Home affordability improved slightly in December, due mainly to lower mortgage rates, stabilizing home prices and increased inventory.
According to ICE Mortgage Technology’s Mortgage Monitor report, the share of income required to purchase the median home fell nearly 5 percentage points in December – down from October’s 28-year high.
The national inventory deficit also improved for the seventh consecutive month which, along with improved affordability, points to a better housing market environment in coming months.
In addition, home price growth is expected to further slow in coming months, which should give prospective buyers a boost.
“Prospective homebuyers may feel an all-too-familiar sense of dread upon hearing that prices – already at record highs – rose another 5.6 percent in 2023 according to our ICE Home Price Index,” says Andy Walden, vice president of enterprise research strategy for ICE, in the report.
“As always, the truth of the situation is more nuanced than one simple, backward-looking metric might suggest, and the data holds some encouraging signals for these folks. In recent months, we’ve seen improvement in rates, affordability, and for sale inventory, with monthly home price growth moderating on a seasonally adjusted basis. While we are still out of sync with historical norms on multiple fronts, each of those metrics have at least been moving in the right direction.”
Lower interest rates have also begun to increase refinance incentive, albeit slowly.
“While the mortgage market remains overwhelmingly purchase-centric, refinance incentive is rising, albeit slowly, alongside easing interest rates,” Walden says. “Since interest rates peaked back in October, we’ve seen a threefold increase in the number of mortgage holders who could reduce their first lien rate by at least 75 bps with a rate/term refi. And while that population stands at roughly 1.7 million – up from 520,000 last fall – it is still a historically small number.”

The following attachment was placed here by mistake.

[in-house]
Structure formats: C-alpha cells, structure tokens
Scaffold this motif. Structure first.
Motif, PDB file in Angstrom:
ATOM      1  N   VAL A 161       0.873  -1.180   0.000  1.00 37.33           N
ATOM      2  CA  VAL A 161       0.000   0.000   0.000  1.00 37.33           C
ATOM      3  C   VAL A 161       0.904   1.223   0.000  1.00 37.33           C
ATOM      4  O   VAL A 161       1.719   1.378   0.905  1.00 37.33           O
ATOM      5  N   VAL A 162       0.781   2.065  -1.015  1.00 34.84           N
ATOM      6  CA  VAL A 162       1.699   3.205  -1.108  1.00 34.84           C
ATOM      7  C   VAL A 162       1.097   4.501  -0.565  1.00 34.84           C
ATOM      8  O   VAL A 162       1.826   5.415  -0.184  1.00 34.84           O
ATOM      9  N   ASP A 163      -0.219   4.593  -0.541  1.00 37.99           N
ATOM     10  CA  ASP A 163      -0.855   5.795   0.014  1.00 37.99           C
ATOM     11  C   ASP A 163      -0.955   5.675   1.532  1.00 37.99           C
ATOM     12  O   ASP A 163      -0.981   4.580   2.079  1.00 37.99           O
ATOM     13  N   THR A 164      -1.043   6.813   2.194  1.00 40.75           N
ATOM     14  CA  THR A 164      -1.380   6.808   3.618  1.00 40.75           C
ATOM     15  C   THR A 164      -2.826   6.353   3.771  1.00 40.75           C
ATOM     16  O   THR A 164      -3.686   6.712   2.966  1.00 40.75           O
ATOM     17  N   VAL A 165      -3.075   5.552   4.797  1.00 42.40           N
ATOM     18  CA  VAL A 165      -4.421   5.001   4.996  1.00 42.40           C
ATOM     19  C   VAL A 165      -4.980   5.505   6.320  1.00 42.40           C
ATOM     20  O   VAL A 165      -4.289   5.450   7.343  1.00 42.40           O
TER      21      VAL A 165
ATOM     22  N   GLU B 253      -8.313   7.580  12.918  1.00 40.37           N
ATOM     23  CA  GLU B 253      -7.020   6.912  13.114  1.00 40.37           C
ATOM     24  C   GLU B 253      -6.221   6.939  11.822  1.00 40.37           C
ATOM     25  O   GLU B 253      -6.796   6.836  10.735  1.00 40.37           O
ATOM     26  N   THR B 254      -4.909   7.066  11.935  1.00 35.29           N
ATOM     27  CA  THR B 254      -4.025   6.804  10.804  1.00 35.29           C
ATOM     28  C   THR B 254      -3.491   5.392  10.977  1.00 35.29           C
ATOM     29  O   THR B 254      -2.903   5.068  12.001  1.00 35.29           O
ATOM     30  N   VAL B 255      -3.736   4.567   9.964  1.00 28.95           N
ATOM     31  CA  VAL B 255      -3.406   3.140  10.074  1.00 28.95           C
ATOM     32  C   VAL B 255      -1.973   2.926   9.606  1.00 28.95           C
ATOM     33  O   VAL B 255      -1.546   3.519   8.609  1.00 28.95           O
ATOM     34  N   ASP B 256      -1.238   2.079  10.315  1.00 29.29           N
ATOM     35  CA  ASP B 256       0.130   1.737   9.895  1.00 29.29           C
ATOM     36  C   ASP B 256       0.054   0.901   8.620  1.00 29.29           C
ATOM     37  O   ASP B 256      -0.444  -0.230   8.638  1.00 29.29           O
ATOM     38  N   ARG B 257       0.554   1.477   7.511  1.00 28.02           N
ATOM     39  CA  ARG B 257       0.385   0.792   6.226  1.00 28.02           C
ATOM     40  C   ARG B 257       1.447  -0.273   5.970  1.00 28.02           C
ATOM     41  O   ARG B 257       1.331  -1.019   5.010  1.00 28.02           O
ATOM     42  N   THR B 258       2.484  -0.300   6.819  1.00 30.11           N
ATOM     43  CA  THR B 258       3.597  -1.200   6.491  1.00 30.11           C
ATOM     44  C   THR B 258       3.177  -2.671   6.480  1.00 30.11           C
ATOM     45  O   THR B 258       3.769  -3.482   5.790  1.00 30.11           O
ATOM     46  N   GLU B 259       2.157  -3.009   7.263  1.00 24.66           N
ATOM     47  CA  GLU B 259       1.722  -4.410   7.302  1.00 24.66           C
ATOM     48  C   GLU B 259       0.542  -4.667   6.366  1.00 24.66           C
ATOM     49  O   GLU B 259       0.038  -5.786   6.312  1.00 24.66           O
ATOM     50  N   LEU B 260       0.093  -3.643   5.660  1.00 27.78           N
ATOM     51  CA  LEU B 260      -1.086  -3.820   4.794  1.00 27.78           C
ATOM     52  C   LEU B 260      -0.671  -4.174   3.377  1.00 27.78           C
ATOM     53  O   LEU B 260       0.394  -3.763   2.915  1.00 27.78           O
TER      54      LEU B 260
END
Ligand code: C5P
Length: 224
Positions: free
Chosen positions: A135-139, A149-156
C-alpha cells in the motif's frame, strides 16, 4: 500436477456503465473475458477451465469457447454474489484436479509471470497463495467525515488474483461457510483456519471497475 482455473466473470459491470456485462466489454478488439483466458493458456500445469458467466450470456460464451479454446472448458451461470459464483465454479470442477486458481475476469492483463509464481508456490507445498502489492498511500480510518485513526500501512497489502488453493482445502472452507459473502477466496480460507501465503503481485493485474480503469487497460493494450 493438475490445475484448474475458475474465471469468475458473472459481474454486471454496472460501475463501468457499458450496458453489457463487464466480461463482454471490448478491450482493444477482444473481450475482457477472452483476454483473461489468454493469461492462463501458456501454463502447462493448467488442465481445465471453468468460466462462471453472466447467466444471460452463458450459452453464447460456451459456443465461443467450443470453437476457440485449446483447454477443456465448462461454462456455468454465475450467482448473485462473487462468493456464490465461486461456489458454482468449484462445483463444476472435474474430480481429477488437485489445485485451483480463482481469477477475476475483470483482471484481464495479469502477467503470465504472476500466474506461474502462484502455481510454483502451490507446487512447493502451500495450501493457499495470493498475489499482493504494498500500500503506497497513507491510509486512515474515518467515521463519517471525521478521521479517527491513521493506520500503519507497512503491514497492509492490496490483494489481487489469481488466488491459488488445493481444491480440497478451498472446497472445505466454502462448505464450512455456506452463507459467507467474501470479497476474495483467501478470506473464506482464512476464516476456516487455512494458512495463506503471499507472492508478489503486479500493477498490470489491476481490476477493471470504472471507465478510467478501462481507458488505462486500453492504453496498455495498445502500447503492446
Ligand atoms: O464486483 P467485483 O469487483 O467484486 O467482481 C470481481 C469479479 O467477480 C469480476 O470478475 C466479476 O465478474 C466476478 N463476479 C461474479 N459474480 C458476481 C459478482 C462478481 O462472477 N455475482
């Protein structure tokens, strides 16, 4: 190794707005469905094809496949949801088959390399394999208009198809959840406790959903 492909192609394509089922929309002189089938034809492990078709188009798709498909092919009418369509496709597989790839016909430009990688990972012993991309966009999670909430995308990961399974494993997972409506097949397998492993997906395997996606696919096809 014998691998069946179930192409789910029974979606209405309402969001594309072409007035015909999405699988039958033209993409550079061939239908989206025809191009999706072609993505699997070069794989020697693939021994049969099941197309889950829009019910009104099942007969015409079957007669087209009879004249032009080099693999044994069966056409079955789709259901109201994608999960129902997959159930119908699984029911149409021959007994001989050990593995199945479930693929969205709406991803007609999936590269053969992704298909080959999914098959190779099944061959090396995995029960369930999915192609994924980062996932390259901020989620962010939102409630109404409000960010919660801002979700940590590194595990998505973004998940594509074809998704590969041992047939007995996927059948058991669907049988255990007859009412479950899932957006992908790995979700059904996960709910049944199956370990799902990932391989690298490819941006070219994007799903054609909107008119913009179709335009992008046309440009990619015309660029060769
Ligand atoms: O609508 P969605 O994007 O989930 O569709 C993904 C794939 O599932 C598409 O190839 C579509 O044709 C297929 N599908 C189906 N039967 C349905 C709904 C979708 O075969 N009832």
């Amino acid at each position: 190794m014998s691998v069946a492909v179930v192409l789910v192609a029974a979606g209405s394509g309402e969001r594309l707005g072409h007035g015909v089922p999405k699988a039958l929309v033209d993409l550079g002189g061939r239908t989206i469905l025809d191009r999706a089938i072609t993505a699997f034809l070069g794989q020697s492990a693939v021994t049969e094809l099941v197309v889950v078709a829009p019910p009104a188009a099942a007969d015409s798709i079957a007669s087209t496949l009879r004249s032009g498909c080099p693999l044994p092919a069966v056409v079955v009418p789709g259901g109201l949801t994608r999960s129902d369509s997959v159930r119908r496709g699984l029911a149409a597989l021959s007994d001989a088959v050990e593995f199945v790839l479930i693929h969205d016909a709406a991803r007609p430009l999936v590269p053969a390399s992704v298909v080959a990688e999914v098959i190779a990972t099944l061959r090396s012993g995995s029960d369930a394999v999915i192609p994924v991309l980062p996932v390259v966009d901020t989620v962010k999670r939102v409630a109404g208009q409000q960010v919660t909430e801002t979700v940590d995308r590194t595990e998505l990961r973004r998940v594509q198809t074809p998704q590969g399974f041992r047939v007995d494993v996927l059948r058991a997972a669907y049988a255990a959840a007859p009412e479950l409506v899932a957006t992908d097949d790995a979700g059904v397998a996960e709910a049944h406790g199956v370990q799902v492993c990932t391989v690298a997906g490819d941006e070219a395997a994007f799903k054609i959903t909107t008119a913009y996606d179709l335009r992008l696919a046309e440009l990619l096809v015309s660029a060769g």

Should mortgage rates fall to 6% by the end of 2024, as current forecasts suggest, the number of borrowers with refinance incentive would rise, particularly among 2023 vintage originations, Walden says.
“Under that scenario – a potential needle mover for the refinance market – some 46 percent of 2023-vintage borrowers would be ‘in the money,’ with nearly a third able to cut a full percentage point off their current rates,” he says. “As more legacy mortgages regain rate incentive as well, the overall ‘in the money’ population would more than double to 3.8 million by the end of the year, with nearly 60 percent of that growth coming from loans originated in 2023.
“Originators would do well to identify and engage with these potential customers now,” he adds. “Of course, what’s good news for mortgage originators simultaneously heightens prepayment risk in the capital markets. Getting a granular, daily view of prepay activity will become essential this year as investors navigate an extremely rate-sensitive and volatile market.”
Mortgage holders are also, on average, in a much better position to borrow against their homes, as home equity has increased substantially during the past year.
Mortgage holders gained $1.6 trillion in equity in 2023 to reach an aggregate $16 trillion, the highest year-end total on record, two thirds of which is held by borrowers with credit scores of 760 or higher, ICE says in the report.
The average mortgage holder now has $299,000 in equity, $193,000 of which is “tappable” and could be withdrawn while still maintaining a healthy 20% equity stake.
Photo: Tierra Mallorca